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The Use of Bedside Ultrasound in Cardiac Arrest

  • Shoenberger, Jan M
  • Massopust, Kristy
  • Henderson, Sean O
Publication Date
Jan 01, 2007
eScholarship - University of California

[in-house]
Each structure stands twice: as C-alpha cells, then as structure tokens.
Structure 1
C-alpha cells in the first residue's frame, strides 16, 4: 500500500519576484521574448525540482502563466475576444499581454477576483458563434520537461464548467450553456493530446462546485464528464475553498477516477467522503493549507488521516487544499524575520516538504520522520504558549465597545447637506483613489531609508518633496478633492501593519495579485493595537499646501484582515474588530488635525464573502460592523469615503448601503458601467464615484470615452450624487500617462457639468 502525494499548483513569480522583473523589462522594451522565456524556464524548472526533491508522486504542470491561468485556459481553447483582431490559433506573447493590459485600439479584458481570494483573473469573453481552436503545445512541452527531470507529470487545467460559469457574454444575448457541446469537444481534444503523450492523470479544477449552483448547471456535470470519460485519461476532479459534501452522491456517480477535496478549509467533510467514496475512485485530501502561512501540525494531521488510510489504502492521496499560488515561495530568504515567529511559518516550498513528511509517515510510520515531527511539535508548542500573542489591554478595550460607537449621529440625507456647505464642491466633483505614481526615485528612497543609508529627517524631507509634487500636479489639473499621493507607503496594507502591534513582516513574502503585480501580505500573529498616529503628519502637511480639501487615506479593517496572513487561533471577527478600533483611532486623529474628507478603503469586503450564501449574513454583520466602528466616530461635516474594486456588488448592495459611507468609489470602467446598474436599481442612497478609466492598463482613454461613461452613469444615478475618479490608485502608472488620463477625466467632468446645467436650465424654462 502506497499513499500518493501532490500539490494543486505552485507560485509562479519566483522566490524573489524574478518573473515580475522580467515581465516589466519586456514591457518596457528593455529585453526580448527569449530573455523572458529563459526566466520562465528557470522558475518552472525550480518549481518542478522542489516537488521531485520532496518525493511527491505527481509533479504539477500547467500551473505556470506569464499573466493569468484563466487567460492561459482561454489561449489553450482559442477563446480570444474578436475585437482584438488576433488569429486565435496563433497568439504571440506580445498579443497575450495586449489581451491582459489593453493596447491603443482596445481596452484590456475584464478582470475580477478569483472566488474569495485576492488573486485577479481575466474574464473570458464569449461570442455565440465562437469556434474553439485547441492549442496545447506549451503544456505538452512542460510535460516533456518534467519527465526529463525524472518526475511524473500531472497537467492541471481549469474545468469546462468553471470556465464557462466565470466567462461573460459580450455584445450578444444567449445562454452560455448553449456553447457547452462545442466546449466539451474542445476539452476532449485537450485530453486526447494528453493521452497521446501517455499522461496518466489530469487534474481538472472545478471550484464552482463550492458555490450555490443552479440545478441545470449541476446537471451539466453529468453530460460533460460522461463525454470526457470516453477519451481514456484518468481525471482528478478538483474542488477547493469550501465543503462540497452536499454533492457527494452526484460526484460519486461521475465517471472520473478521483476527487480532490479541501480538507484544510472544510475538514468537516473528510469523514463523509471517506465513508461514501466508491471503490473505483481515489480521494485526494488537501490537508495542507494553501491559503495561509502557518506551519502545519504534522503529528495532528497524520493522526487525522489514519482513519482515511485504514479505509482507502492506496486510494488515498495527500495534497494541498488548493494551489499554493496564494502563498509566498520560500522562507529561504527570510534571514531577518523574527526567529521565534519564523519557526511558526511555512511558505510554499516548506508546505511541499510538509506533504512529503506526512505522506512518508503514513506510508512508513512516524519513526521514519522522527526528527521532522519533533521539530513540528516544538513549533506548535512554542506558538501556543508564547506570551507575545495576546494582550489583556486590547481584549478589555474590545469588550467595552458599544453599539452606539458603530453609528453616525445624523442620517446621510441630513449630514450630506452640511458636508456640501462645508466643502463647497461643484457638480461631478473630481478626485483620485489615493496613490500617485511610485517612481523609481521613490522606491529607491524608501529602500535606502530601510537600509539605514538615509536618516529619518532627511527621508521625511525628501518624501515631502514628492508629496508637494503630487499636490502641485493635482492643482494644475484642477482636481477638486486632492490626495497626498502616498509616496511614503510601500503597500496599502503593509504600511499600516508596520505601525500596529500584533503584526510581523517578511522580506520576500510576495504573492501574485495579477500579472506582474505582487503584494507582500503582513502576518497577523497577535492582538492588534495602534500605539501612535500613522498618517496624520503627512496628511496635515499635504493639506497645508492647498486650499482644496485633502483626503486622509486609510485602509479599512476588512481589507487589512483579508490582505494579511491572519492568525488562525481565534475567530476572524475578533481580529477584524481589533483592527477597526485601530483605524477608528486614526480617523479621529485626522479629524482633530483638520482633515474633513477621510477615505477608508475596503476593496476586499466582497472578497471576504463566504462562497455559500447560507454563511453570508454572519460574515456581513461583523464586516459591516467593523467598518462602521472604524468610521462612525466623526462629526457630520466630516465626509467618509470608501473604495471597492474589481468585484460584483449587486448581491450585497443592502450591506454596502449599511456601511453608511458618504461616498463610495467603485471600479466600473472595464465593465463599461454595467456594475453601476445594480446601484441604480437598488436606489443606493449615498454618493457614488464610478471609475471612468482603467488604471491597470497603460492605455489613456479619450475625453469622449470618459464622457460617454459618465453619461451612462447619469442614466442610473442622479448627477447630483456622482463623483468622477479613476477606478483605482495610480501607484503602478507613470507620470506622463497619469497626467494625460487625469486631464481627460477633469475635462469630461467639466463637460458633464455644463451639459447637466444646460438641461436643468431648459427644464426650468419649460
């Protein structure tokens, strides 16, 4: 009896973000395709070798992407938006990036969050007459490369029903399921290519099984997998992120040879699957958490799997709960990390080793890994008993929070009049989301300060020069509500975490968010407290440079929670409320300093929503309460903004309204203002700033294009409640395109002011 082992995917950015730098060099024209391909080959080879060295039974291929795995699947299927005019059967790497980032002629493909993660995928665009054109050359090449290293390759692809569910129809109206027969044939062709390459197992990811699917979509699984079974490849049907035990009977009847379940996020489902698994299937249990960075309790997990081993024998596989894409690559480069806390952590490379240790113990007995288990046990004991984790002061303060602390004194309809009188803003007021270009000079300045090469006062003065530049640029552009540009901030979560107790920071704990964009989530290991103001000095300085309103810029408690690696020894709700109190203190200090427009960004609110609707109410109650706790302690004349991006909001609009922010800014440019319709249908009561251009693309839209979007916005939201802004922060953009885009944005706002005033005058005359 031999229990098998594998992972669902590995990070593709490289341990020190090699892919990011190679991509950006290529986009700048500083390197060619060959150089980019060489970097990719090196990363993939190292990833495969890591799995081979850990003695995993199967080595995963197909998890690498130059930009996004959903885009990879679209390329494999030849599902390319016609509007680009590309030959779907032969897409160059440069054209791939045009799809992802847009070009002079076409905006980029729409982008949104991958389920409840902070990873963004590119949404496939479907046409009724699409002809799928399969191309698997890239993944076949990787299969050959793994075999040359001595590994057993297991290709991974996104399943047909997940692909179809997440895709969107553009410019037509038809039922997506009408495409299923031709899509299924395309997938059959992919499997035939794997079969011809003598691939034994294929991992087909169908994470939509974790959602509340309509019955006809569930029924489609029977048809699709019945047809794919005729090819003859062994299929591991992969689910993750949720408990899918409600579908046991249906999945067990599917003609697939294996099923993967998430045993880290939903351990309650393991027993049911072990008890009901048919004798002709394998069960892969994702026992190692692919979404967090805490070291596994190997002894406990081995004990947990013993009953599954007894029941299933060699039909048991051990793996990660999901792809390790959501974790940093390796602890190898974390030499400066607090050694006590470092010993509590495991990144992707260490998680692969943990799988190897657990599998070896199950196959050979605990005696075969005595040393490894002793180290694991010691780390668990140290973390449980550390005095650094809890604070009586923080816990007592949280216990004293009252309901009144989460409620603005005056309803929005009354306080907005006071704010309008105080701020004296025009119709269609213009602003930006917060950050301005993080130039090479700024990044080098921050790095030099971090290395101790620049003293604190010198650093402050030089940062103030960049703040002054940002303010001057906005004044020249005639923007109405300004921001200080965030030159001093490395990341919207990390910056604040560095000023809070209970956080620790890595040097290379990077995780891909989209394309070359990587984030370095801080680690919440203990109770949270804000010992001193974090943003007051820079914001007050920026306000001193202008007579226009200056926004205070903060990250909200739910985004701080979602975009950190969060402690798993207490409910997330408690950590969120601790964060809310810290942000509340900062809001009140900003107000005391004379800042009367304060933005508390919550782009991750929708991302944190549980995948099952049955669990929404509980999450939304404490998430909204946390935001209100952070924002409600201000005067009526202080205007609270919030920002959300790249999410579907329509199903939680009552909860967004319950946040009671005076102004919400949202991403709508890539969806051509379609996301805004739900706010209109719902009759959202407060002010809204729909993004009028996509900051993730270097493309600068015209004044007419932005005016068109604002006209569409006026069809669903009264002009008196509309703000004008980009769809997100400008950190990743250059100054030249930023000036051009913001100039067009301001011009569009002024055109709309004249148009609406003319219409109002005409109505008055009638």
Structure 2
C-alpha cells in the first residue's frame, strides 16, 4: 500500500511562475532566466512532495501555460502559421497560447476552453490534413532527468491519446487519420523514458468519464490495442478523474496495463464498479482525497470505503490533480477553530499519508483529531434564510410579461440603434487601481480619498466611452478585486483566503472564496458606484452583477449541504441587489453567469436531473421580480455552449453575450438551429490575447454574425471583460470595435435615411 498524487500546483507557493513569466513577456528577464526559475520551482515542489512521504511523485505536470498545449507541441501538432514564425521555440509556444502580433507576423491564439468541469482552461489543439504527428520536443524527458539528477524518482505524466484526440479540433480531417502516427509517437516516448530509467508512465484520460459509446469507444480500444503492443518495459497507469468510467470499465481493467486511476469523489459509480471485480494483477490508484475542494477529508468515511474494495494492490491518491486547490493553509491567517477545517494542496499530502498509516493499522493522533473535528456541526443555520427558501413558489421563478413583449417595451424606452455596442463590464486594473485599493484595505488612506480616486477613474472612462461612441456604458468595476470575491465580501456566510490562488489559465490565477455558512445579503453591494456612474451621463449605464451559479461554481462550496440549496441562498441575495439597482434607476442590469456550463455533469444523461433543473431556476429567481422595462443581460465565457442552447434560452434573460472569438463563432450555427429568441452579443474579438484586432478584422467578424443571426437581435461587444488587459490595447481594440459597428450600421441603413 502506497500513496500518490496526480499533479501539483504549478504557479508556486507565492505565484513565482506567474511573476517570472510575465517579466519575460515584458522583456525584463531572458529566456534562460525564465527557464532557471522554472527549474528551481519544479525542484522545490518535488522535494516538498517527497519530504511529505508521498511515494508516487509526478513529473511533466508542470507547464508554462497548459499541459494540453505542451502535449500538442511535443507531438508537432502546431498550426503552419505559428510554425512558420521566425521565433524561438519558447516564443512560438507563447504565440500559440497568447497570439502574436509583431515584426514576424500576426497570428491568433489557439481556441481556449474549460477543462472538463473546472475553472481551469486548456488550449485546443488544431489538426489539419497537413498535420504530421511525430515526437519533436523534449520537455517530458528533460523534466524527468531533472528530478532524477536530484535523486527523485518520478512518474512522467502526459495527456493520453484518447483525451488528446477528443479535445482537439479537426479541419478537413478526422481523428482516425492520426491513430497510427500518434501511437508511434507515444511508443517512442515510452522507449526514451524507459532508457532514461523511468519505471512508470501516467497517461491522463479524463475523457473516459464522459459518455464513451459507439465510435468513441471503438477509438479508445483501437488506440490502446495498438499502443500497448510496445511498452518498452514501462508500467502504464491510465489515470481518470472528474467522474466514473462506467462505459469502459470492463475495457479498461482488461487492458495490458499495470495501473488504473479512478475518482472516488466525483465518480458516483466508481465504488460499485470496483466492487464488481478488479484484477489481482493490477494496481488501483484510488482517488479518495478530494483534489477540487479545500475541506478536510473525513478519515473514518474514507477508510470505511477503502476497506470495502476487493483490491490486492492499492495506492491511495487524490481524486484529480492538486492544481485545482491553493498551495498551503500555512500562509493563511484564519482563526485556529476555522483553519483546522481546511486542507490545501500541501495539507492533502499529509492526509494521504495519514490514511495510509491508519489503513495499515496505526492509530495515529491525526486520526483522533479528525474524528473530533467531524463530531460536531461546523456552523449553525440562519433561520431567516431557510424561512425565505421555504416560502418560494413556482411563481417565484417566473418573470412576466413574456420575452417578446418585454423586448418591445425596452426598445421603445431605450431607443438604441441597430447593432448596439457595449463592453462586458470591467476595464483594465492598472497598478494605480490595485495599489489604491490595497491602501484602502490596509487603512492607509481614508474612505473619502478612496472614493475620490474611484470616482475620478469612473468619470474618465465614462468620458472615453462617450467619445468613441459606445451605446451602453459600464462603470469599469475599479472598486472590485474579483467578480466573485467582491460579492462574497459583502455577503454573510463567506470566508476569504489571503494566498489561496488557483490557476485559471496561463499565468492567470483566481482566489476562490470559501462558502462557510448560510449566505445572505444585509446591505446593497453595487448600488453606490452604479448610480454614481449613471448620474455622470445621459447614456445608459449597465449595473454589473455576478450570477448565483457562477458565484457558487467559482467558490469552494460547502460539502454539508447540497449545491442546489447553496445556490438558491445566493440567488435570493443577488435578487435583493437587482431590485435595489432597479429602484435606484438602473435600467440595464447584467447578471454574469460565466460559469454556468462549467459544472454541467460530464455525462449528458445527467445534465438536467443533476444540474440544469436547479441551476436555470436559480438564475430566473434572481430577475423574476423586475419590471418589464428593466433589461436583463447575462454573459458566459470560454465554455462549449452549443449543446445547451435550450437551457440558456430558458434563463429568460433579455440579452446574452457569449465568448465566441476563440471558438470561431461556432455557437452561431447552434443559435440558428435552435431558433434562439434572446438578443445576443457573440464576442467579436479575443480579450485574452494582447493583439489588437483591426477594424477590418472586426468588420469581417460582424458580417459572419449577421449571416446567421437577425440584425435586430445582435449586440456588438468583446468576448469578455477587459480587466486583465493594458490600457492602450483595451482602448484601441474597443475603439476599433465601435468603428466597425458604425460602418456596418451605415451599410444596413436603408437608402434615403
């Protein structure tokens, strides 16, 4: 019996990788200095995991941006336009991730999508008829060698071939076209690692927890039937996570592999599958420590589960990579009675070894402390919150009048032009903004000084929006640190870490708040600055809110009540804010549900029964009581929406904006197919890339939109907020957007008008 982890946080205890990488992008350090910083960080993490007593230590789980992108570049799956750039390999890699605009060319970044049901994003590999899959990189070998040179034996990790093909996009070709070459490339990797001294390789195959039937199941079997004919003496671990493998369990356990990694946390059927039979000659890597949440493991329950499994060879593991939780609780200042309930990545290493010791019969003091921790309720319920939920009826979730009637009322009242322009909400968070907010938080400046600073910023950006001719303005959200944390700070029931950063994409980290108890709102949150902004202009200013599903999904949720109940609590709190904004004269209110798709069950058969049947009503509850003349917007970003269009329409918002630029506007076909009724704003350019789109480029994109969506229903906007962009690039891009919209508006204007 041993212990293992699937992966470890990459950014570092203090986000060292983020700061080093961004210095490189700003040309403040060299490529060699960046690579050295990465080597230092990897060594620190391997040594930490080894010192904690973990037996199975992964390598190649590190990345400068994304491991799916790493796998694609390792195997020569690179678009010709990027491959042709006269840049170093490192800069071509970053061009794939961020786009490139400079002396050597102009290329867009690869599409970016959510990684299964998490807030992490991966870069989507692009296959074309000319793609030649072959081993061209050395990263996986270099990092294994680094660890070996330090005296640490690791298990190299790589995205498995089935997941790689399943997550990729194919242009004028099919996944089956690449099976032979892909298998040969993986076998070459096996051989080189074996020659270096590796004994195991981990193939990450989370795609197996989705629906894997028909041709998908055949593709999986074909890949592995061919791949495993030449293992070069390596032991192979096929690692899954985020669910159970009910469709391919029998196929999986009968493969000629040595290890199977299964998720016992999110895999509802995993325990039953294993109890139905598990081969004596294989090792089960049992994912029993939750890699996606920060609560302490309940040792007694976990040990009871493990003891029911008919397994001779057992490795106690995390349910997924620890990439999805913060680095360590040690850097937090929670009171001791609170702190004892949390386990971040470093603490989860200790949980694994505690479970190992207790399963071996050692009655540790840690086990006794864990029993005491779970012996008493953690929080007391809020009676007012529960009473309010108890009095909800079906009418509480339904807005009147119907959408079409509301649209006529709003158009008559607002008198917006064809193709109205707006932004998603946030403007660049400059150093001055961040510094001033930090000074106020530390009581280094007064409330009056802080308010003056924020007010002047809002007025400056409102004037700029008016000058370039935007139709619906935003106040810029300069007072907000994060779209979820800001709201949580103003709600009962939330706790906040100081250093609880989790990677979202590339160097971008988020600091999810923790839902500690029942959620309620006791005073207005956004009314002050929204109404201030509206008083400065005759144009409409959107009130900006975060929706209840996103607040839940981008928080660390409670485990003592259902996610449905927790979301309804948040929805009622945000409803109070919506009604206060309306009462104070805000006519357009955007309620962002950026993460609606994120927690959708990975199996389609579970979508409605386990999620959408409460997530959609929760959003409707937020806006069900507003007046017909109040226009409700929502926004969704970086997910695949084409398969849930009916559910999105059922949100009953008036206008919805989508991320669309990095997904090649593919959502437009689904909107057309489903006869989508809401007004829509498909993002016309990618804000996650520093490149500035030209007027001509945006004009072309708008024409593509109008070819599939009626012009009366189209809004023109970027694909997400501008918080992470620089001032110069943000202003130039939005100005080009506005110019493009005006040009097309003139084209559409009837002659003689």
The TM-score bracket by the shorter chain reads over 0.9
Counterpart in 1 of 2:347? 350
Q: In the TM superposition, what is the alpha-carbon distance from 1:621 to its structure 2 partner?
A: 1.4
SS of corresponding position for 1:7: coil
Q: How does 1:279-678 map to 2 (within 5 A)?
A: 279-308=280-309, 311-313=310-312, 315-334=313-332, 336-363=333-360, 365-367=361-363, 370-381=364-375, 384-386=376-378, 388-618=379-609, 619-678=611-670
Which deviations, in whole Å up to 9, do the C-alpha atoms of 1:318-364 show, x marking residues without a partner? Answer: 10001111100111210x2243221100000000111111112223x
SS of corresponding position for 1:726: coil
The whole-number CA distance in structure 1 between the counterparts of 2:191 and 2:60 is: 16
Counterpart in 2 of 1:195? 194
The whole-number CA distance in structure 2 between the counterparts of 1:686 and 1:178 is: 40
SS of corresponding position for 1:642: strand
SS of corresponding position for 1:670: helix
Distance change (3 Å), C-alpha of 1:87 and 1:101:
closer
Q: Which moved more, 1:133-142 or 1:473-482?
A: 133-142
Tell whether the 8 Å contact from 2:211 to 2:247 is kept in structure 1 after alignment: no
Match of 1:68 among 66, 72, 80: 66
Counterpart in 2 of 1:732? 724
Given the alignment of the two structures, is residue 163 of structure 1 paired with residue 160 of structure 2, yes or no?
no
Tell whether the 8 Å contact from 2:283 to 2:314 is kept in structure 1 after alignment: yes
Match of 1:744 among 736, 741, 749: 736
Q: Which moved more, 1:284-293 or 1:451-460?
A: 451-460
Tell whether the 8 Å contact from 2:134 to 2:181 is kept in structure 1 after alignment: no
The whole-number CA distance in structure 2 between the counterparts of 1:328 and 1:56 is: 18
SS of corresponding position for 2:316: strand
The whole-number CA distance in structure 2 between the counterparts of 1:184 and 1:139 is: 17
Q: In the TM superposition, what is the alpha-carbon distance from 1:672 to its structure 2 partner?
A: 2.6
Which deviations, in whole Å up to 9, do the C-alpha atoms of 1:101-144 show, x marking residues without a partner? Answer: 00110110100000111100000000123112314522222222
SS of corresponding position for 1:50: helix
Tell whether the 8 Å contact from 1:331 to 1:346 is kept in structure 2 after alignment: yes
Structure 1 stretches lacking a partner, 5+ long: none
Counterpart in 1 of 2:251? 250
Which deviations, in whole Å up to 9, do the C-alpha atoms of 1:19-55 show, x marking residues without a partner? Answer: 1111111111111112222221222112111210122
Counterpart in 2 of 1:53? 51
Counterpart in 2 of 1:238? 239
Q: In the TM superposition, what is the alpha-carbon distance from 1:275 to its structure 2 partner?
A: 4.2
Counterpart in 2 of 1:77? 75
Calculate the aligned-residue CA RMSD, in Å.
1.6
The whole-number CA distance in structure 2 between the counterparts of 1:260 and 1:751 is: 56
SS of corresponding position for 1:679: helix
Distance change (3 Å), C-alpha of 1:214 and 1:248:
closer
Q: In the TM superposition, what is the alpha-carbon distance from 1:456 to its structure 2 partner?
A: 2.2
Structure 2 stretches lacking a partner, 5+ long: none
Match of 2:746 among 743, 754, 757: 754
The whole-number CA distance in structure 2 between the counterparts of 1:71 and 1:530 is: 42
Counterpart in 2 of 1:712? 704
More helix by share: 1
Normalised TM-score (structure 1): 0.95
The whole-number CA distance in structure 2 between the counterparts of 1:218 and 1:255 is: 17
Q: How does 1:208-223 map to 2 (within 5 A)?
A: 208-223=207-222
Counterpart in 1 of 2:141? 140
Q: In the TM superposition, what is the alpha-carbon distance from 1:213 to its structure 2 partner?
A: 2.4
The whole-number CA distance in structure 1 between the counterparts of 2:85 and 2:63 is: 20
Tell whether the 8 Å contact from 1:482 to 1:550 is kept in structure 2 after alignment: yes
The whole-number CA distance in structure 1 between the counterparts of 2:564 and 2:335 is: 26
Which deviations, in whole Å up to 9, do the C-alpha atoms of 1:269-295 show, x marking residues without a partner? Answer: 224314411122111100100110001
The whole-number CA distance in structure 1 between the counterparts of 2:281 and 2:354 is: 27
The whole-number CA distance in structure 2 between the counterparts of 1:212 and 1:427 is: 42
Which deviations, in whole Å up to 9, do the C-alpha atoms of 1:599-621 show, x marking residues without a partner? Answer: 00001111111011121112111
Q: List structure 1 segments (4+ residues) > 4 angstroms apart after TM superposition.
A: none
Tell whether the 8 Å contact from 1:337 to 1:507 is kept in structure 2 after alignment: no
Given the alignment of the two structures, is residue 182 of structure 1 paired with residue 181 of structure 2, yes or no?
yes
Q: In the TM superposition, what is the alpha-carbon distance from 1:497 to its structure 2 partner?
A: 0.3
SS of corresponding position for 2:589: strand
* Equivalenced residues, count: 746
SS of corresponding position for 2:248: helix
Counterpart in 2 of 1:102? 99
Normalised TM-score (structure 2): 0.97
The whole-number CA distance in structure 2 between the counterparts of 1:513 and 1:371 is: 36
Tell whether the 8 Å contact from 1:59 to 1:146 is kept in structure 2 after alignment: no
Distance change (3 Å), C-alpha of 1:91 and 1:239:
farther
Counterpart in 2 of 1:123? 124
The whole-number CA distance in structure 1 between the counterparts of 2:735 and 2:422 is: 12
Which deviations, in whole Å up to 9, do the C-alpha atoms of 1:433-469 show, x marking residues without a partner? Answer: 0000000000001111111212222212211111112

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BACKGROUND: The decision to terminate resuscitative measures in the setting of cardiac arrest is based on several criteria, some of which are subjective. Ultrasound in the emergency department has potentially added an objective data point to assist in this decision. OBJECTIVE: We sought to determine if emergency physicians who were trained in the use of ultrasound use it in cardiac arrest scenarios and if so, what effect they believe it has on the duration of the resuscitative event. Our hypothesis was that emergency physicians terminate resuscitative efforts sooner with visualization of cardiac standstill and feel more comfortable in doing so. METHODS: The ultrasound training program at Los Angeles County + University of Southern California Medical Center began in 1995. We surveyed all graduates of the residency program since that date about their use of ultrasound in cardiac arrest. RESULTS: Surveys were mailed to 154 practicing emergency physicians. One hundred and sixteen surveys (75%) surveys were returned. During residency, the majority of individuals (68%) reported that they had used ultrasound during at least 10 cardiac arrests. It was used to search for a reversible cause of cardiac arrest (pericardial effusion) or for documentation of cardiac standstill. Ninety-one percent of individuals used the ultrasound result as an aid in deciding when to terminate resuscitative efforts and 59% believed it shortened their resuscitation time. After graduation, only 53% of individuals in this study have ultrasound available in their daily clinical practice. For these individuals, 60% use it in more than 50% of their cardiac arrest situations. Ultrasound was used to shorten the code time (63%) as well as to reassure and confirm the presence of cardiac standstill for the physician (88%) and the resuscitation team (59%). CONCLUSION: Most emergency physicians in this cohort who have access to ultrasound use it in cardiac arrest cases and believe that it shortens code times.

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